So yesterday I wrote a response to some of the complaining and grumbling I had seen around facebook due to a second cancelled day of school on the heels of Christmas break. It gathered a few comments and reactions (oddly, none were directly on the blog, but all on my facebook link to it).
Admittedly, my children had been getting at each others' throats for a few days. My wife connected it to when they found the old Super Nintendo, lugged it upstairs from its box in the basement, connected it to the television, and started playing. One controller was broken, so they could only play one player at a time. The non-playing brother would sit close by and offer "helpful" suggestions during play. Which inevitably led to sore feelings and inappropriate comments toward one another.
I pointed out that it didn't matter if they were playing video games or not. They were getting to the point of verbal combat with one another over the simplest thing, electronic or not.
And I understand that this is why some parents hate an unexpected day off from school. Especially on the heels of sixteen previous days. Especially when we've been in the midst of this "polar vortex" with -50 degree F windchill.
Thankfully (that word is about to come into play) I remembered all the writing I've done and all the conversations from friends about the importance of gratitude in one's life. So yesterday, on our drive to the YMCA for a little swimming (and to get out of the house) after a morning that wasn't completely pleasant around the house at times I made up a little game. It went like this:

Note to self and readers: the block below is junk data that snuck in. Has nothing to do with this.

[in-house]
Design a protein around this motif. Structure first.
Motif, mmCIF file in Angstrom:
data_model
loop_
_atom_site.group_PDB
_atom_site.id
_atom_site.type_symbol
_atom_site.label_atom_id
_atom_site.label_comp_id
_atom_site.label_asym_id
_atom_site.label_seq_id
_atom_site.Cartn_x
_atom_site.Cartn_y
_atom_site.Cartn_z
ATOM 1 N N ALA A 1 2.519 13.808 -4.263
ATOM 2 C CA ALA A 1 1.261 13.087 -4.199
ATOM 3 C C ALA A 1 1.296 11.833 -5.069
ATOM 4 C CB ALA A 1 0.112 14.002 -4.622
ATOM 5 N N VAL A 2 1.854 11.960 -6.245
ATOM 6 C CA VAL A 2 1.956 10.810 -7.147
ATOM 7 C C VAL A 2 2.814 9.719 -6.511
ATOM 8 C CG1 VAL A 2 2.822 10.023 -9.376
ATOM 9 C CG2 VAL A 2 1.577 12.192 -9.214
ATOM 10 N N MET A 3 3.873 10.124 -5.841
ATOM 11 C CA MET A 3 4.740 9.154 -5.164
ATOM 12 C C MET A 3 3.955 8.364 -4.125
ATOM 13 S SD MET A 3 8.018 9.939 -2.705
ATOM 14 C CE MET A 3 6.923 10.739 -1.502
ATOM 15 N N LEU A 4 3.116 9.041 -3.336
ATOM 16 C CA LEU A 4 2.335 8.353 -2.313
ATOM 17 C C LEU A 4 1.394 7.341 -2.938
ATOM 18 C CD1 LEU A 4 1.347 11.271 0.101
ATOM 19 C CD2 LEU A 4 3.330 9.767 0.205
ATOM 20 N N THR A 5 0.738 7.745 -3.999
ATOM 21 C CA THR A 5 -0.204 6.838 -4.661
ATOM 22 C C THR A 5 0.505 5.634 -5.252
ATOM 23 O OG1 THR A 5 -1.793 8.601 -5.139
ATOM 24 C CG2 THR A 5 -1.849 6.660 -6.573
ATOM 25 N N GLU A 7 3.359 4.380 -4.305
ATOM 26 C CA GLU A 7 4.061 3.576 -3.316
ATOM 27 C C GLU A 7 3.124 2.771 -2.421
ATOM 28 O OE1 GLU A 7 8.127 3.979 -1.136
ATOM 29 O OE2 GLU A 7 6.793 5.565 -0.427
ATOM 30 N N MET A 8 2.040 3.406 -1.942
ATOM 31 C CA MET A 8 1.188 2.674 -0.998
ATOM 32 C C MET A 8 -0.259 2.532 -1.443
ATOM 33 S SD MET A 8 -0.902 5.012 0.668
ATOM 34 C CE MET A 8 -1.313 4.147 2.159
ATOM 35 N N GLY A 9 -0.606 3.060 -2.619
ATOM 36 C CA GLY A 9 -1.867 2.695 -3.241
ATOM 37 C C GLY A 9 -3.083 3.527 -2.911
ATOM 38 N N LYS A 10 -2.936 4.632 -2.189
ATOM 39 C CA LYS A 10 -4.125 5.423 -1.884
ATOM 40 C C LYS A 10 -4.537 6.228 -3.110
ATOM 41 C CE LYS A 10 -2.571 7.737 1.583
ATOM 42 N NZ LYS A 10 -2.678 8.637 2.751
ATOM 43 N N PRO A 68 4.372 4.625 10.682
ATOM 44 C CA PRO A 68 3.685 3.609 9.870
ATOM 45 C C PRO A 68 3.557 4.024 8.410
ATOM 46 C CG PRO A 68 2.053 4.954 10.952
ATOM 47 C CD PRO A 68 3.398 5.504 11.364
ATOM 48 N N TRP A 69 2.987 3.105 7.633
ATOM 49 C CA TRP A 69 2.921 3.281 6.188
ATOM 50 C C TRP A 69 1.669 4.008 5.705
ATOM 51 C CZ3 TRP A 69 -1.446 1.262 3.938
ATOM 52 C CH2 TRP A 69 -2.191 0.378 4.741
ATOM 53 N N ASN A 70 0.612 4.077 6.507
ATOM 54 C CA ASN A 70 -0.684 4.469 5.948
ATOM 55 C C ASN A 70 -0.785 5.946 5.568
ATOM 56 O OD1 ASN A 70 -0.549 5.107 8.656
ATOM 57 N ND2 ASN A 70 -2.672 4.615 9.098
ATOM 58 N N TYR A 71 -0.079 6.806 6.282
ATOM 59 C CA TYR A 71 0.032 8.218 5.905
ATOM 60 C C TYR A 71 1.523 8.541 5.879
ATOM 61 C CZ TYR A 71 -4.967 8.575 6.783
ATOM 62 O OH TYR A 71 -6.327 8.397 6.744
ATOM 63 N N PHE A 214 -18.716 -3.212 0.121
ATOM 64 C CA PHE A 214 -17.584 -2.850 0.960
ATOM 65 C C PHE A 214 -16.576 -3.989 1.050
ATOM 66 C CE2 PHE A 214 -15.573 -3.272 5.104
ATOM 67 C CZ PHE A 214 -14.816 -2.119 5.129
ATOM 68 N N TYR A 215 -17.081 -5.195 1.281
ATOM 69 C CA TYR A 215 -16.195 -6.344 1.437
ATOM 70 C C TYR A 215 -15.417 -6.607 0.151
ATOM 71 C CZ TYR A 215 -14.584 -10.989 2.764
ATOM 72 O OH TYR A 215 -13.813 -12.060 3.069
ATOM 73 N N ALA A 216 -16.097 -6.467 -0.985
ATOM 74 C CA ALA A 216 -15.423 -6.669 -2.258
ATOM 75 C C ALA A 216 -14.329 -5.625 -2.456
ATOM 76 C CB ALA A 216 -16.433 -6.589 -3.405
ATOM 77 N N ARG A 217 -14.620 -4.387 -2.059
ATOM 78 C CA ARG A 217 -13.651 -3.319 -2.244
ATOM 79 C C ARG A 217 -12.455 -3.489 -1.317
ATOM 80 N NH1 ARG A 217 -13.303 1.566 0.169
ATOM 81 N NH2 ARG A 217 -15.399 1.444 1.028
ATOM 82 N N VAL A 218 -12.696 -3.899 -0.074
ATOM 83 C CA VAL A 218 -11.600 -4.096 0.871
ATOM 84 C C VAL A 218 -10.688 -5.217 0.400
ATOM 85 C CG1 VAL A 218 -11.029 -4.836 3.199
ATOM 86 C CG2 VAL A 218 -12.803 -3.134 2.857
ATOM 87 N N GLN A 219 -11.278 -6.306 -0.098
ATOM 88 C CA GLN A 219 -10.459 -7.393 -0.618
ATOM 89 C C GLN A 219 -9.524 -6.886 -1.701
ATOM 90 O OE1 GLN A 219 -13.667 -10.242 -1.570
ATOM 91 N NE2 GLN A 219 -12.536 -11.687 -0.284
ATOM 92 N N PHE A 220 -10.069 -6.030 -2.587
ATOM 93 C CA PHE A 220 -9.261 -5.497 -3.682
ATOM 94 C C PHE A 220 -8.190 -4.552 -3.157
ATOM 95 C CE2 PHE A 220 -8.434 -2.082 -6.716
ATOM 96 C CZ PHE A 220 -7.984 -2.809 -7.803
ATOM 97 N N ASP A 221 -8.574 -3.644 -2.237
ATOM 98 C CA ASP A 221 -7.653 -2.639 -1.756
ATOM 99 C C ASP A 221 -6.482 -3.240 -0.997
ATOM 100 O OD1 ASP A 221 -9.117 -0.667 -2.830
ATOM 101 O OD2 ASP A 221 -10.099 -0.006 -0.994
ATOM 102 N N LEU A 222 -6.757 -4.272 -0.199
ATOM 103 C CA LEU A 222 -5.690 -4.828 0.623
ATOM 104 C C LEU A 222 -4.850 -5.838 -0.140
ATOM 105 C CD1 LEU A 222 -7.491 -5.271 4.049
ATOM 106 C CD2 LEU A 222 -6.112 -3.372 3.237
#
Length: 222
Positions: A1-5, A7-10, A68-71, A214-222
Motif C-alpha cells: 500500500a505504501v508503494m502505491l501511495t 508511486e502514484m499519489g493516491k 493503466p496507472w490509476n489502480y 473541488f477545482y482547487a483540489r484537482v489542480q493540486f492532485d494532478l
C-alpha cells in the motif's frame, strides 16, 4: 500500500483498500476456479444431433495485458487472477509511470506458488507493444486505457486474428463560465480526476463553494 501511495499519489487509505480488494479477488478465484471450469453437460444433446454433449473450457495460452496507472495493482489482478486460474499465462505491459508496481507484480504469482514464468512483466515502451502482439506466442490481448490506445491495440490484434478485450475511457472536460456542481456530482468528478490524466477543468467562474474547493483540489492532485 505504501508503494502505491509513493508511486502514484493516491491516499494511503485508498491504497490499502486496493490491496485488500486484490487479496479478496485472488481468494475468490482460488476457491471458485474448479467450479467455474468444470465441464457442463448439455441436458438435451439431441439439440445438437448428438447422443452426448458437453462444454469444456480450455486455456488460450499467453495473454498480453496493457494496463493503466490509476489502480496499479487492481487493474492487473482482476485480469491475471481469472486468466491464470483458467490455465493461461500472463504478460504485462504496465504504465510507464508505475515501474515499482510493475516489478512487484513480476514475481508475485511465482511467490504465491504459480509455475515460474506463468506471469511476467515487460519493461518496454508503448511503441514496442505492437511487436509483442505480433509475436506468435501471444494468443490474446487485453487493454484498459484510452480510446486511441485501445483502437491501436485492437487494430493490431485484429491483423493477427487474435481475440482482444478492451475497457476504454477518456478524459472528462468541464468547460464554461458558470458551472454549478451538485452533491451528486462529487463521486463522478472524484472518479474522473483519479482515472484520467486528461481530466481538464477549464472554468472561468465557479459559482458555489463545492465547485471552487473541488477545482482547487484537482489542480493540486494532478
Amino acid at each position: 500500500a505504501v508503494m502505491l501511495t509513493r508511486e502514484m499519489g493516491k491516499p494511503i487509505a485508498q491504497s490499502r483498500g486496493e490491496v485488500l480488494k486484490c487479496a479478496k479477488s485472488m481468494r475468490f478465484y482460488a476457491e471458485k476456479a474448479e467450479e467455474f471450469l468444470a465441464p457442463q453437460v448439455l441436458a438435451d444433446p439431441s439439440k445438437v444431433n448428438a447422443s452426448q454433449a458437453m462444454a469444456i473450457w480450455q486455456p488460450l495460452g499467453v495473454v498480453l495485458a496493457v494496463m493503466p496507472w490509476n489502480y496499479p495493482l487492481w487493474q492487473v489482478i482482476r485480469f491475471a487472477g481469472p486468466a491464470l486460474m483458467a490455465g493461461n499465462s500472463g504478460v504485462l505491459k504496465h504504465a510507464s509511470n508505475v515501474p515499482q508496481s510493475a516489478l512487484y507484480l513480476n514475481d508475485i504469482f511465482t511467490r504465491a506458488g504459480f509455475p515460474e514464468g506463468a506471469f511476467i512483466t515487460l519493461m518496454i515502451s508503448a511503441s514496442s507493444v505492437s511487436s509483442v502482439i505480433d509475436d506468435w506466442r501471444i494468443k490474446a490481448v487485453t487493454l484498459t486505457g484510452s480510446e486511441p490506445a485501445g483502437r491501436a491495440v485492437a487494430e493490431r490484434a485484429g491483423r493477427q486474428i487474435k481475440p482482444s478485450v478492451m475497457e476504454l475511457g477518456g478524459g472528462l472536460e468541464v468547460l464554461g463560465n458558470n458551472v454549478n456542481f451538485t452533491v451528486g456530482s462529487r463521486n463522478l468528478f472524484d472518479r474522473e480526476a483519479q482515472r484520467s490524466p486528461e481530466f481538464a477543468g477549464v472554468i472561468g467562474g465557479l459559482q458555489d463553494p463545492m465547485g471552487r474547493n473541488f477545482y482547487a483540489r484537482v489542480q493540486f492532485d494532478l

"Okay, boys, we're going to play a little game (groans emerge from the back seat). Each of us is going to think up something that completes the sentence "I'm grateful for...or I'm thankful for..." (more groans). I'll start and then I'll count to five and then Anders has to share something before I finish counting. After he shares then it's on to Nils who has to share something before I count to five. Then it's back to me and we keep going. But if anyone doesn't think up something before I count to five, they're out. I'll give you a few seconds to think up at least two things your thankful for before I start."
By this time the moans had diminished and they were beginning to take it seriously. So I started. And the gratitude kept going around.
Some were serious: I'm grateful for a warm house; I'm thankful that the gas tank is full so I don't have to pump gas in this cold; I'm thankful for our Y membership right now; I'm grateful for the food we have to eat.
Some were more frivolous: I'm thankful for root beer; I'm grateful for candy; I'm thankful for Legos; I'm grateful for that I won Milles Bornes (the card game).
I had to mail a package at the post office on the way, so I had to pause the game then. We had already done nearly a dozen shares each. Now part of our bedtime routine is sharing something we're thankful for each day and then praying. Some days they have trouble coming up with something. But this format made it possible for them to keep going.
So I offer up a solution for those days of grumbling, fighting, and complaining: the gratitude game.
It can't hurt to give it a try. You might just be grateful you did.